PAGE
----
Firstly our honey is flown and grown on the Northern Beaches of Sydney and all aspects of our production can be witnessed and seen. Consumers should know that if you are supporting your local beekeeper that the product is going to be 100% legit. Our honey is not heat treated like a lot of supermarket honey is and contains no additional additives.
As a result our honey will crystalise faster, as it is usually maintained at 34 degrees celsius inside the hive. When honey is heat treated it loses its medicinal and beneficial properties and you are pretty much just eating a sugar syrup. We pride ourselves in a raw, healthy and pure process of honey production.
Sadly, this is not the case with one of Australia’s largest honey companies (which shall remain nameless here as I generally don’t like to tango with lawyers) but let's just say this company has recently faced allegations of bringing in honey from overseas, combining it local honey and selling it in supermarkets as an “Australian product”. This highly deceptive conglomerate is importing honey from South America and China, where there are higher occurrences of heavy toxins in their agricultural areas, more severe pesticides are utilised and there is way less regulation than Australia. Not only could this lead to the poisoning of consumers, it also drives the cost of local honey down and makes competition almost impossible.Some honey available in supermarkets has been analysed and shown to be diluted with corn syrup and other additives.In short, it's generally crap!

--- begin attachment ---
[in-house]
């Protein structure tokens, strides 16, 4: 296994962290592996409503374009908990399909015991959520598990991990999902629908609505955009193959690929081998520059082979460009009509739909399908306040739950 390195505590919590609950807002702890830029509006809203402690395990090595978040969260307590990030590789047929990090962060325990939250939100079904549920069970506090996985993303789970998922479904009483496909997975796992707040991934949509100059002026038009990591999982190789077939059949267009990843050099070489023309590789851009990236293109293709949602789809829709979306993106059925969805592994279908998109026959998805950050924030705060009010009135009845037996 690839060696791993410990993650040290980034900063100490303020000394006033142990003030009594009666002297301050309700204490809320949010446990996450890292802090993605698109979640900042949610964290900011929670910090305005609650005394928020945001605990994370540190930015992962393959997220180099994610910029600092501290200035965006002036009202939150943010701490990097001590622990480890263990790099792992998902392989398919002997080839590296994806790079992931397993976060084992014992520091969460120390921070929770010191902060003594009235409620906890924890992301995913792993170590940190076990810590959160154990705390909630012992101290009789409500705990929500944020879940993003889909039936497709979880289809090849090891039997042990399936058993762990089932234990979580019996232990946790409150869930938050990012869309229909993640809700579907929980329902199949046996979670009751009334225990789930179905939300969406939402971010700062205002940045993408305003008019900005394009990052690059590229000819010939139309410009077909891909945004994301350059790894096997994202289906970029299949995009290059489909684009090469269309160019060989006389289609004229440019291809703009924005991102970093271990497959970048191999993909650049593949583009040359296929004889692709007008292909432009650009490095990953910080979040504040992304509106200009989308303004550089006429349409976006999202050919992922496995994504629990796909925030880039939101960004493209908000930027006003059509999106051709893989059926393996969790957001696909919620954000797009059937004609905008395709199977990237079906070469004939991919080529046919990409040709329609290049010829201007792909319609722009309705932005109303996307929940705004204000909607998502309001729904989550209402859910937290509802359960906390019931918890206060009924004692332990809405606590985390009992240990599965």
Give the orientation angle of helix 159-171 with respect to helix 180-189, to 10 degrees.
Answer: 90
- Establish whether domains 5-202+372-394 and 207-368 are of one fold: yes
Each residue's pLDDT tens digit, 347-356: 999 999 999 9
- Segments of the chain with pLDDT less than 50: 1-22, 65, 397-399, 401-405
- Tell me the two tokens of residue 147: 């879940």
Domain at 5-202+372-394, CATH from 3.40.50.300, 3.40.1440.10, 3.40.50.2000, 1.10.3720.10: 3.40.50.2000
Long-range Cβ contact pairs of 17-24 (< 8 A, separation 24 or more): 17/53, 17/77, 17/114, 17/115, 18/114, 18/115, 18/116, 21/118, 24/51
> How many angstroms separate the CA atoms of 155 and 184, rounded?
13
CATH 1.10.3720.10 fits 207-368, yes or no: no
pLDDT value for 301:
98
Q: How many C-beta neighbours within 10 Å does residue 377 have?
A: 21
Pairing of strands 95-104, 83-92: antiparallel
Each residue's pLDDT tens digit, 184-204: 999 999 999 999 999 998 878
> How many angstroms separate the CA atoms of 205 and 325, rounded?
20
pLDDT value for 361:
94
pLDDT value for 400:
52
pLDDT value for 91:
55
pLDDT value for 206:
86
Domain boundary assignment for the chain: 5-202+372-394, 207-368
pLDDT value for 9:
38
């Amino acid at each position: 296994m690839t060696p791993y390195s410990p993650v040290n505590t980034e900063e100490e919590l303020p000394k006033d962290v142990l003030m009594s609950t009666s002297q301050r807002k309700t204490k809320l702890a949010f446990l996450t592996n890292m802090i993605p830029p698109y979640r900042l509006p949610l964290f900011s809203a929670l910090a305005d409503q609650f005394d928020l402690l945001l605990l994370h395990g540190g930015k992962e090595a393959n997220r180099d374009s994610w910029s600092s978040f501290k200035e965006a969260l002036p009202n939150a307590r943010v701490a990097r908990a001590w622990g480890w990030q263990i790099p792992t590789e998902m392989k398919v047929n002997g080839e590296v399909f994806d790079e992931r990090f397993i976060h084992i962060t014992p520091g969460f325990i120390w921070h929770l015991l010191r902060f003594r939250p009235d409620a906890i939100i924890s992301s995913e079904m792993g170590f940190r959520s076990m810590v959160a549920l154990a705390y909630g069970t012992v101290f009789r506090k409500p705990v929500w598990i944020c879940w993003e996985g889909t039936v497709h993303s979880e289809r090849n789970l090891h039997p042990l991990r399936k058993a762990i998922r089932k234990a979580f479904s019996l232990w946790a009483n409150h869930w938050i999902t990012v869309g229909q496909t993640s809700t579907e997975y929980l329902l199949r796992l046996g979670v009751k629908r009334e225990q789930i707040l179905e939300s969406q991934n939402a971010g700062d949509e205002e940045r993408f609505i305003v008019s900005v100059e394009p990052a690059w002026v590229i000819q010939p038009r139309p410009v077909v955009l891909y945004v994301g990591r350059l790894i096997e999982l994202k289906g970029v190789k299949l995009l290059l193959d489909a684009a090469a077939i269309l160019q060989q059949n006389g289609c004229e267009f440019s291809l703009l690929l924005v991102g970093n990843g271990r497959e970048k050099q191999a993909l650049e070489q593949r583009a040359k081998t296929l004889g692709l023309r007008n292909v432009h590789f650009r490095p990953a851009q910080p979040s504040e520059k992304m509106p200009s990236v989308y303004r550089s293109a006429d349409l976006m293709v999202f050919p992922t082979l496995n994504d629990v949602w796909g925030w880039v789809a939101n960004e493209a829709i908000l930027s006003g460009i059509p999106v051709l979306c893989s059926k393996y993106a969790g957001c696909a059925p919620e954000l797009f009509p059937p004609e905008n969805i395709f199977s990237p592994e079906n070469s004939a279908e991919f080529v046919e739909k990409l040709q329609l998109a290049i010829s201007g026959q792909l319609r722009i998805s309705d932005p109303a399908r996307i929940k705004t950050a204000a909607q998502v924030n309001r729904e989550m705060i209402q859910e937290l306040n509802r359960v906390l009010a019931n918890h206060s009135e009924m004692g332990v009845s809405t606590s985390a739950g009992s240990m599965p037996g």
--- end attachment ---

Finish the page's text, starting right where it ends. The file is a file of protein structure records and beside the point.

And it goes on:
We know your passionate about sustainability, can you share some of your learnings with us, in particular how important bees are to Australian agriculture.
Indeed I am! Our main apiary was constructed almost entirely from recycled materials, we use glass jars for our honey which are reusable and recycled paper for our tags.
One third of all the food we consume comes from pollinators and bees play an integral part in Australia’s future ability to grow and produce a massive percentage of crops. Thankfully, our local bee colonies in Australia have not yet felt the pressures of colony collapse disorder and Varroa mite that have decimated beekeeping practices overseas. We need to be mindful of this though; in the USA beekeepers currently lose up to 50% of their hives annually and are forced to inject large quantities of antibiotics into their hives to counter these external threats.
How do you make creamed honey? We're guessing it's not by simply whipping it?
It actually is! It’s literally just aerating the honey. Honey that has crystalised works best and it should be refrigerated afterwards otherwise it usually turns back to a candied state. What would your ultimate last supper be?
As a small batch producer, what's the most rewarding part of your job?
Most definitely the connection with our customers and the amazing feedback and support that we get. People are absolutely stoked on our honey and it's great we can spread an educational message about the importance of bees whilst offering an amazing food product.
What would your ultimate last supper be?
Tough call….. I think for me it would be less about the food and more about the company. As a devout atheist and lover of science I know that at my last supper there’d be not be a single disciple in sight!